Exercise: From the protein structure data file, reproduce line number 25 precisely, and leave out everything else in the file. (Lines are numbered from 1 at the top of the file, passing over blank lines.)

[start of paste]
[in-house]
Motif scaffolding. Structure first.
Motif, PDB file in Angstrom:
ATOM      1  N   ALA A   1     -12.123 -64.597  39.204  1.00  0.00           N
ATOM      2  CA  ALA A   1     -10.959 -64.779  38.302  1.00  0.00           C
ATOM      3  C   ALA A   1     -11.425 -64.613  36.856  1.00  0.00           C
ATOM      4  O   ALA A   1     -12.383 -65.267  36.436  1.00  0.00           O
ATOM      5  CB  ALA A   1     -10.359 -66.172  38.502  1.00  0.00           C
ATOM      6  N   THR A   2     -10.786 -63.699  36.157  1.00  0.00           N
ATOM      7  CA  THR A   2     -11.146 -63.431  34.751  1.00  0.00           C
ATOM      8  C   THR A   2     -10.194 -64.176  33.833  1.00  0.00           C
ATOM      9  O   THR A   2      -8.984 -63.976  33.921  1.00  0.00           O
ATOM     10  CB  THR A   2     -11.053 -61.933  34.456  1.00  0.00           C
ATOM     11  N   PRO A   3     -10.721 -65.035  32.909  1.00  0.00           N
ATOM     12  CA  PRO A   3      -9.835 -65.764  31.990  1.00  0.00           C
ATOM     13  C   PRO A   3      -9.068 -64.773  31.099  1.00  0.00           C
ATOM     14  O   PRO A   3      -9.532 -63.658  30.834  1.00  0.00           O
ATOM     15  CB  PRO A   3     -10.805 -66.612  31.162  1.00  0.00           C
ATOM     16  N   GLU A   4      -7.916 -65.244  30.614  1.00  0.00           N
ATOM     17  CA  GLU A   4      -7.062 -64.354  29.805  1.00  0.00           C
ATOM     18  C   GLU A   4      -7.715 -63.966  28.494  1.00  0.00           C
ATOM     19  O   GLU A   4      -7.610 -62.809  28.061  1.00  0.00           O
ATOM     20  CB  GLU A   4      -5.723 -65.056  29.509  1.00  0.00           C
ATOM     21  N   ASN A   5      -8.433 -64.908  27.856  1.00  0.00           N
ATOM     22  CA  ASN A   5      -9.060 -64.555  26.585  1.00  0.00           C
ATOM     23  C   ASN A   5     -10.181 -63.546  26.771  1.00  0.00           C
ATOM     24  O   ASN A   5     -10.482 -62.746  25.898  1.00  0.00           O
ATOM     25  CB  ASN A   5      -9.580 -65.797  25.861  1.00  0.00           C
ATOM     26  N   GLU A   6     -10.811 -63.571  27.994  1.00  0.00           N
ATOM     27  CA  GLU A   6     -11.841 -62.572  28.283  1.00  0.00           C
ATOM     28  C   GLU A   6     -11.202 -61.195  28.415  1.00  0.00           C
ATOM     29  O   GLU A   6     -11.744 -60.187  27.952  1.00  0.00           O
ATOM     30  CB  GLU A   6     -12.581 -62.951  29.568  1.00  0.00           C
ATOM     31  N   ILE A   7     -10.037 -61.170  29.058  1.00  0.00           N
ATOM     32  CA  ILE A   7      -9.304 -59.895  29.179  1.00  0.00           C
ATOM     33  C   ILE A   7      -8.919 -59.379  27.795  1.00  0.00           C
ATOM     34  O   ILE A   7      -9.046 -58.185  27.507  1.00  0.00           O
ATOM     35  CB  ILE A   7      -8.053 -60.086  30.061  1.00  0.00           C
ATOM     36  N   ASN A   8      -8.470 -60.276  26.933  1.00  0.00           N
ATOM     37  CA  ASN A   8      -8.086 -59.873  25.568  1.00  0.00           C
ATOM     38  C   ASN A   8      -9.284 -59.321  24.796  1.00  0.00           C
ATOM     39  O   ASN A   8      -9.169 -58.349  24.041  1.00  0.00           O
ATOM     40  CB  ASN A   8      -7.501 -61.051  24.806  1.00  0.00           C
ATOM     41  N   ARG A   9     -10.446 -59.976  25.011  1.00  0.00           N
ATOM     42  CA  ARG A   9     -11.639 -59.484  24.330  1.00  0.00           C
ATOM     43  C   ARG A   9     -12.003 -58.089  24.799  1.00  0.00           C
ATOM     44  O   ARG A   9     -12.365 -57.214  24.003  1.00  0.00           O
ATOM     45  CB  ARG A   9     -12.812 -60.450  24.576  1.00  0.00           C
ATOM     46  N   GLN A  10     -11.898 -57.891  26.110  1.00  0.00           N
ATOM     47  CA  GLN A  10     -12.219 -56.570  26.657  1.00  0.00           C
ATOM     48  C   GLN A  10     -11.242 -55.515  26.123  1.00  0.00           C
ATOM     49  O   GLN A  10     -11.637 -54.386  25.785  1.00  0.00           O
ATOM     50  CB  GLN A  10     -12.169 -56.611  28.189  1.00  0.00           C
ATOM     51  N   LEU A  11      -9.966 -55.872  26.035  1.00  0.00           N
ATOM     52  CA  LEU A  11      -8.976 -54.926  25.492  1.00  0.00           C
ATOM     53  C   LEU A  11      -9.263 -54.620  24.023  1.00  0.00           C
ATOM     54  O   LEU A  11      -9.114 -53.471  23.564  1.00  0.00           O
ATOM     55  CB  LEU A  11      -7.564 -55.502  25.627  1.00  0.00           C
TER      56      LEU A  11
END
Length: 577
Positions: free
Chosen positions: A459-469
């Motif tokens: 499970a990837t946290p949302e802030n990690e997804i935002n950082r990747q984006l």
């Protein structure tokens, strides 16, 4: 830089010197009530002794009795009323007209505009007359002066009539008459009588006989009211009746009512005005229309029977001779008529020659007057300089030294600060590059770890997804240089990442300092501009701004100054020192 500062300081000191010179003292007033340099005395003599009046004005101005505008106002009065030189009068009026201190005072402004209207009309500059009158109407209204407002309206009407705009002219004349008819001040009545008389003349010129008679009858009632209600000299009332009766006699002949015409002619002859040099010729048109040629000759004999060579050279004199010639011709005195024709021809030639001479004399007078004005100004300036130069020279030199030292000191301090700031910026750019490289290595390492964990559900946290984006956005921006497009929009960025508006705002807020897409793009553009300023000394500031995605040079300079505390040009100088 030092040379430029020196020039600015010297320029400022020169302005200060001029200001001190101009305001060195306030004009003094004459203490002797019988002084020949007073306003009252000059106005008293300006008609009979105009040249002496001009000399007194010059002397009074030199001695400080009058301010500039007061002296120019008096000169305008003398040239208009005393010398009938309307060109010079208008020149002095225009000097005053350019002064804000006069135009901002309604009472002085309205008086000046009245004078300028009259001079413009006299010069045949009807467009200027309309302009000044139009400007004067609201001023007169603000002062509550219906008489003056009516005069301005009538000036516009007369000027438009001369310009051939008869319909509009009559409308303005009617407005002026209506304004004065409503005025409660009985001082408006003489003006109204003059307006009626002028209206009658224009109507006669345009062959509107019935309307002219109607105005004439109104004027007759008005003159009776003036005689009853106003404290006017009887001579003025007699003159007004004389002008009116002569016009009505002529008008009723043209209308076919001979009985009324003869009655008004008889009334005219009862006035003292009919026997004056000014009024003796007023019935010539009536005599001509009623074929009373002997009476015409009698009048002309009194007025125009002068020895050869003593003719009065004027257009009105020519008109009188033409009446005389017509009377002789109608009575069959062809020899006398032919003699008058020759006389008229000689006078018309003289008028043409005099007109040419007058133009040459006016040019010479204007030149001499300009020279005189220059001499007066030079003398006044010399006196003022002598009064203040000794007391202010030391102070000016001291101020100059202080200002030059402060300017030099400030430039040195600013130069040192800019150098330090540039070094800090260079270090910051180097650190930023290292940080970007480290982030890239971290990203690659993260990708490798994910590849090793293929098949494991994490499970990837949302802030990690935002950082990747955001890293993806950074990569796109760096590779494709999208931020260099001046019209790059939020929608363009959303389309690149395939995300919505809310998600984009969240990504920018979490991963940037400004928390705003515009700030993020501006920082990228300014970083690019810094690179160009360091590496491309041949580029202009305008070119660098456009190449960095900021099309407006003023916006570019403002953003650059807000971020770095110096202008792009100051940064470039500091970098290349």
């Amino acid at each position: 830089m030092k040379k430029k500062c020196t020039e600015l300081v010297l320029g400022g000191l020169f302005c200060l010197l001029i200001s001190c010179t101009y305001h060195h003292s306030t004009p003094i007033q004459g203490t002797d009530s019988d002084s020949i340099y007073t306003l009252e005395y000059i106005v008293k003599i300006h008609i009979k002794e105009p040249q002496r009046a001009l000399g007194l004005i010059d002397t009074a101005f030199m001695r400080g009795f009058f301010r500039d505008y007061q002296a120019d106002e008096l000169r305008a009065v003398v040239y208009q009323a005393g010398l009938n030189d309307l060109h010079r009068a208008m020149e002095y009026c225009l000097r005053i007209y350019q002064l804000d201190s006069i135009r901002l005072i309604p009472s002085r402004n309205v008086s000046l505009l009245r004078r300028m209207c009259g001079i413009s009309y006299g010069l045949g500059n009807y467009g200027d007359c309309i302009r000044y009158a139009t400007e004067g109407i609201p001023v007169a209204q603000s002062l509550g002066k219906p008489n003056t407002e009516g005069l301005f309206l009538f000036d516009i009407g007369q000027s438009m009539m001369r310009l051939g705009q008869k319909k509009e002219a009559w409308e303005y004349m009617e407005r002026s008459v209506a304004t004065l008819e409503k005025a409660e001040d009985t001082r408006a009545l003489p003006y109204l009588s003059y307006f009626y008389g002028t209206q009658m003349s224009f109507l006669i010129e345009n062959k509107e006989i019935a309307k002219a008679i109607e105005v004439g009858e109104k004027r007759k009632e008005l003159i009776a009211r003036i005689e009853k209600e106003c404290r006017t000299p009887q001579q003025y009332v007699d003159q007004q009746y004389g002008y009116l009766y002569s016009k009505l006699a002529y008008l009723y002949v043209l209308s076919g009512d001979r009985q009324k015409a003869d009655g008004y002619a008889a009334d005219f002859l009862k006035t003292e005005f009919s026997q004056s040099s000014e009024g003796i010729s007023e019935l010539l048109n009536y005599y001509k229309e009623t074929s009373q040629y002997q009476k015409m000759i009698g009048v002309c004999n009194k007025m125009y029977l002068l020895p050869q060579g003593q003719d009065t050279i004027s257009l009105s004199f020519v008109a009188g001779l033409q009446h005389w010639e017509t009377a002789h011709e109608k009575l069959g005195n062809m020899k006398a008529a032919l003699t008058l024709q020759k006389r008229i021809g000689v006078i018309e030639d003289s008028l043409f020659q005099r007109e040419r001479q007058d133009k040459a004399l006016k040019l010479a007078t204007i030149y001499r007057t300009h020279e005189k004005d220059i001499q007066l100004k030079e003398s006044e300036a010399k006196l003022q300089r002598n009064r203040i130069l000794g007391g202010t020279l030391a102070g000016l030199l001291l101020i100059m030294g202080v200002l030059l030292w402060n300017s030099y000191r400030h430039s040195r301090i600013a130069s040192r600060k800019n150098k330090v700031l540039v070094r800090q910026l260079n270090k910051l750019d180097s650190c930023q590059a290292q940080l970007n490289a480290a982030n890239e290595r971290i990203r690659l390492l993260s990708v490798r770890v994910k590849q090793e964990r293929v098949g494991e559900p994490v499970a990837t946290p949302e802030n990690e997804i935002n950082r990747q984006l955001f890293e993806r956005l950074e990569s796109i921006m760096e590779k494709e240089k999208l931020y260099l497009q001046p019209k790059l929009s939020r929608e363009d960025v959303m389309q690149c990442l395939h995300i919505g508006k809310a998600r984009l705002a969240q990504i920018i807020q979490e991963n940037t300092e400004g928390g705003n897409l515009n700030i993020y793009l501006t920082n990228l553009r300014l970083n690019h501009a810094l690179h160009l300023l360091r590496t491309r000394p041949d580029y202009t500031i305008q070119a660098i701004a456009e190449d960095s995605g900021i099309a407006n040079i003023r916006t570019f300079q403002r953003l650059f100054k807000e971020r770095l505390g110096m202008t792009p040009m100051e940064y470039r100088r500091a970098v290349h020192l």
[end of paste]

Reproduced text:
ATOM     22  CA  ASN A   5      -9.060 -64.555  26.585  1.00  0.00           C